Dr. Montague’s distinguished career as an anthropologist included writing over fifty books, teaching at several universities, and receiving many honorary degrees and awards for his outstanding work on human nature and development.
As an anthropologist, I have been interested for many years in the rituals, practices, and myths adopted by different societies. One of the most enduring of these practices is circumcision, which has been practiced by various cultures for thousands of years. It is typically a rite of passage marking a transition from one status to another. Such rites of passage, celebrated at birth, puberty, marriage, and death, are frequently associated with certain procedures entailing bodily mutilation. This removal of a part of the body, however, is not regarded in most societies as a mutilation. More often than not, it is seen as a religious consecration that makes the individual holy and invested with a special status.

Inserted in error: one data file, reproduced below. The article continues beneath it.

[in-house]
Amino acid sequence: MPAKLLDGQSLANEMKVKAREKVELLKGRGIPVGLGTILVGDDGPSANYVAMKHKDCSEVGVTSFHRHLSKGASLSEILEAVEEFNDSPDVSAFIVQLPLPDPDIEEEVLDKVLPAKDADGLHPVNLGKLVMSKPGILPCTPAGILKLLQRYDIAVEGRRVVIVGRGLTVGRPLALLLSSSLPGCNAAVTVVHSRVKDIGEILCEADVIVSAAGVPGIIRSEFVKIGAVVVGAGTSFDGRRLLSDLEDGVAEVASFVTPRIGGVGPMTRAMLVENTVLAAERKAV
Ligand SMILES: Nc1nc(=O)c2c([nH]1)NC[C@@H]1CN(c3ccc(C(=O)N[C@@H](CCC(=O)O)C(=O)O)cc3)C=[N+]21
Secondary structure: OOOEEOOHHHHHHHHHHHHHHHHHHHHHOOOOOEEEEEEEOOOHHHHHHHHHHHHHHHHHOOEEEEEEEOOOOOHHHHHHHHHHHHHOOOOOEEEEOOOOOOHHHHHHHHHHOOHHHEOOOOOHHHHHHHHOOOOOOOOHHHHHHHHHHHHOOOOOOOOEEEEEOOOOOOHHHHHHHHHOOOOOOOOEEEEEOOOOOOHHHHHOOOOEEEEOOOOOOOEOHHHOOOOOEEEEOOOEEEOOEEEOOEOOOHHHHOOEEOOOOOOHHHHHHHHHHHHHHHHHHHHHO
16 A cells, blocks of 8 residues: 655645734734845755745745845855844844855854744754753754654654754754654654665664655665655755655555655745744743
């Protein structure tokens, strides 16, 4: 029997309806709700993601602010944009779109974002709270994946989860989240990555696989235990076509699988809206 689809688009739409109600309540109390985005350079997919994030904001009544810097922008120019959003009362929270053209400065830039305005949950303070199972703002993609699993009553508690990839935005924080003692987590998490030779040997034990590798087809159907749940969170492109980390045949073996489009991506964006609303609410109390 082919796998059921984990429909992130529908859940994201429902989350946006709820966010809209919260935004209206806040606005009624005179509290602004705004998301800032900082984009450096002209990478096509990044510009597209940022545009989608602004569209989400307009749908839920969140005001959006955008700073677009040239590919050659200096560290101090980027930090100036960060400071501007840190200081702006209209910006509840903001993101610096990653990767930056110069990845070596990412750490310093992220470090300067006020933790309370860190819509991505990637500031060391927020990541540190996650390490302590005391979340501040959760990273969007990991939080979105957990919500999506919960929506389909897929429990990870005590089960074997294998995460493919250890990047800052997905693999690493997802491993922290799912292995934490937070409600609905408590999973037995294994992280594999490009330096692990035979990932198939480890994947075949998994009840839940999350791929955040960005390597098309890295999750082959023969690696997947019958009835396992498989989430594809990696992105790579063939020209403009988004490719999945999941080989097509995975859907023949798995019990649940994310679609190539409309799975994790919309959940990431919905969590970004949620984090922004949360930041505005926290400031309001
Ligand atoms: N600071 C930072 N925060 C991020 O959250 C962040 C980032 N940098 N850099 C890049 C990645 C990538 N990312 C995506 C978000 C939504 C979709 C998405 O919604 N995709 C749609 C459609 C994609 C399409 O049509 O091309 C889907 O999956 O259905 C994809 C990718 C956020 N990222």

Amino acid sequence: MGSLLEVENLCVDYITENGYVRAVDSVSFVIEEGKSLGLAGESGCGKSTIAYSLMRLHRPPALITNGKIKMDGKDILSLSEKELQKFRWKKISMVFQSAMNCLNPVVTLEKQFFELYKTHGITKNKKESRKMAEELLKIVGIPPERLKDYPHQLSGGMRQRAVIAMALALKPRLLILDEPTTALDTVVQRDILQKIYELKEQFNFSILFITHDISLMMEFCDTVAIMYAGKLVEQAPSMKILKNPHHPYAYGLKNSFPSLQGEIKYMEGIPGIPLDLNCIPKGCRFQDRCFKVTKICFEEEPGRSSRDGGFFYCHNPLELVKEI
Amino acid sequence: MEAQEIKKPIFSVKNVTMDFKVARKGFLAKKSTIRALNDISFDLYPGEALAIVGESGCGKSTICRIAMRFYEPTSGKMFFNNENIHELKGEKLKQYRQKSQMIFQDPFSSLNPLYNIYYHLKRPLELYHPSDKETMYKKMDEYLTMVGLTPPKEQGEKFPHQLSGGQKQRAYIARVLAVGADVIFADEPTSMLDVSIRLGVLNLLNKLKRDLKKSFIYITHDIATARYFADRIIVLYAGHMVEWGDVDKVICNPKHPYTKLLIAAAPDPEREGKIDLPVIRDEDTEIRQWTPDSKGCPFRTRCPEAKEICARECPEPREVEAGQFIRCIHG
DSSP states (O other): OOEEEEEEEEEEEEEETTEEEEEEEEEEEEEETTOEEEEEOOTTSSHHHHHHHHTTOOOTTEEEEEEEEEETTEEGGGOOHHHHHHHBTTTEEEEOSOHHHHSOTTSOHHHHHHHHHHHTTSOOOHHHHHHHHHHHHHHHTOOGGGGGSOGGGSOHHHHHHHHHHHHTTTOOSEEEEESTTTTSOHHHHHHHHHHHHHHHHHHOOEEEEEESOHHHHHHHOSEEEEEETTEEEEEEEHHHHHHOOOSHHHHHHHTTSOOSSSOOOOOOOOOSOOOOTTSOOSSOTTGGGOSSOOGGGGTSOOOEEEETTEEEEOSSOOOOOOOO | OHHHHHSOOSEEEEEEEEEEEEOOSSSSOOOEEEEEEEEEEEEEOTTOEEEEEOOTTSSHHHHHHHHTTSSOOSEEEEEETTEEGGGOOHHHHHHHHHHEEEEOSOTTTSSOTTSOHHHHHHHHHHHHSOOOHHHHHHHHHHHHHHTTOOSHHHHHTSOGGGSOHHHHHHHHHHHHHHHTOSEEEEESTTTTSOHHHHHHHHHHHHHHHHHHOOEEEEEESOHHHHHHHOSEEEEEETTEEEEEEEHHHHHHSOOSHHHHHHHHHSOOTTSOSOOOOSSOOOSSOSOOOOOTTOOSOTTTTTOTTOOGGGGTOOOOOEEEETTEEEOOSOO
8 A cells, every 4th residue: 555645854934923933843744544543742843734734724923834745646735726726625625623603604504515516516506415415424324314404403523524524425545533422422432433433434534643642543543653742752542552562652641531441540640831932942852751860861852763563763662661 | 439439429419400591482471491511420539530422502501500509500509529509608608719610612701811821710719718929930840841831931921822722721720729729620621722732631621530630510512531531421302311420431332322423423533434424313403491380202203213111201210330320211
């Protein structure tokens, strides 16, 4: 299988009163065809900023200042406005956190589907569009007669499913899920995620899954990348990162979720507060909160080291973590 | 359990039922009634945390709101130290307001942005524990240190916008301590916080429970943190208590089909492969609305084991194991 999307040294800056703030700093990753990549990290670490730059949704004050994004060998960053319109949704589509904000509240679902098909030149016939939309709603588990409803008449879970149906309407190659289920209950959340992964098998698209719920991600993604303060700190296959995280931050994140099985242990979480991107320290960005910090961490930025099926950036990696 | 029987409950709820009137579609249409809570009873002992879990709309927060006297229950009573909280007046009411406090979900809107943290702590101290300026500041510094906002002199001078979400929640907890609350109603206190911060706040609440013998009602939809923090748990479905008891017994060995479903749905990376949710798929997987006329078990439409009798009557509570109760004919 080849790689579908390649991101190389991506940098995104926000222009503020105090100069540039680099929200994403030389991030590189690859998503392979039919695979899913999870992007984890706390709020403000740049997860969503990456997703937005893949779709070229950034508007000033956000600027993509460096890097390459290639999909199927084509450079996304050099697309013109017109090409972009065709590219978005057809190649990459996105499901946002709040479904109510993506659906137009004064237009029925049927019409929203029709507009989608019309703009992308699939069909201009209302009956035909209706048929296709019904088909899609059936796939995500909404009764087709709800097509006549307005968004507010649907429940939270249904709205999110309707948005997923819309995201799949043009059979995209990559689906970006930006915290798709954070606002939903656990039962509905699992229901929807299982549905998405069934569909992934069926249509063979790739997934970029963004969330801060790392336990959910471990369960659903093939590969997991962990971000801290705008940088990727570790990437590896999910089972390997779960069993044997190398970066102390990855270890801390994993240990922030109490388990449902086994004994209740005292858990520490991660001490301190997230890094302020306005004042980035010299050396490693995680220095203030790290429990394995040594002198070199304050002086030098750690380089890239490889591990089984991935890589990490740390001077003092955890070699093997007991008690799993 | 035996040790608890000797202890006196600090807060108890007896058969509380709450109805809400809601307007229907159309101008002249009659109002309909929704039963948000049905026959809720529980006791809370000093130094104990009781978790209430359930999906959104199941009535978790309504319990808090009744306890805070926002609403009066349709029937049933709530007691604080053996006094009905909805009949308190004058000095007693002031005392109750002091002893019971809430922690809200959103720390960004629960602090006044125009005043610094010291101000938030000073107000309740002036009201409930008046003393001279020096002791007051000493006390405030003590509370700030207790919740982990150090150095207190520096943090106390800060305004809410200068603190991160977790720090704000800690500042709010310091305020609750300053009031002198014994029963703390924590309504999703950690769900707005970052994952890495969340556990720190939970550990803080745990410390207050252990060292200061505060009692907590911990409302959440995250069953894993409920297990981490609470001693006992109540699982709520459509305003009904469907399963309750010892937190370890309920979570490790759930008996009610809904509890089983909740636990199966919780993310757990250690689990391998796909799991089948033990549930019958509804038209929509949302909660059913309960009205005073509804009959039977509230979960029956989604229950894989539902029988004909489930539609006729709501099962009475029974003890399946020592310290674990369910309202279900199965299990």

In the United States we have invented “reasons” to replace religion in justifying circumcision. Myths associated with circumcision have become an accepted part of our society. Thus far the power of precedent and social custom has resisted the force of knowledge, reason, and logic.
The perpetuation of myths about circumcision in this country is not unlike the persistence of myths in other, divergent societies. Those in so-called civilized societies may believe that they are too “advanced” to believe in myths, but that, too, is a cultural myth. We are all subject to believing in myths. At this juncture in our history we should remember that civilization is not a gift, but an achievement, and that civilization is a race between education and catastrophe.
One outstanding characteristic that marks us as human beings is our educability. We have had to learn almost everything we know and do from other human beings, beginning with our principal caregivers, our parents, and then our teachers and others. Consequently, to be human is to be in danger, for we are capable of being taught unsound things as well as sound ones. Therefore, we need good teachers who will challenge entrenched beliefs and practices by setting out the facts that need to be considered in arriving at a just decision.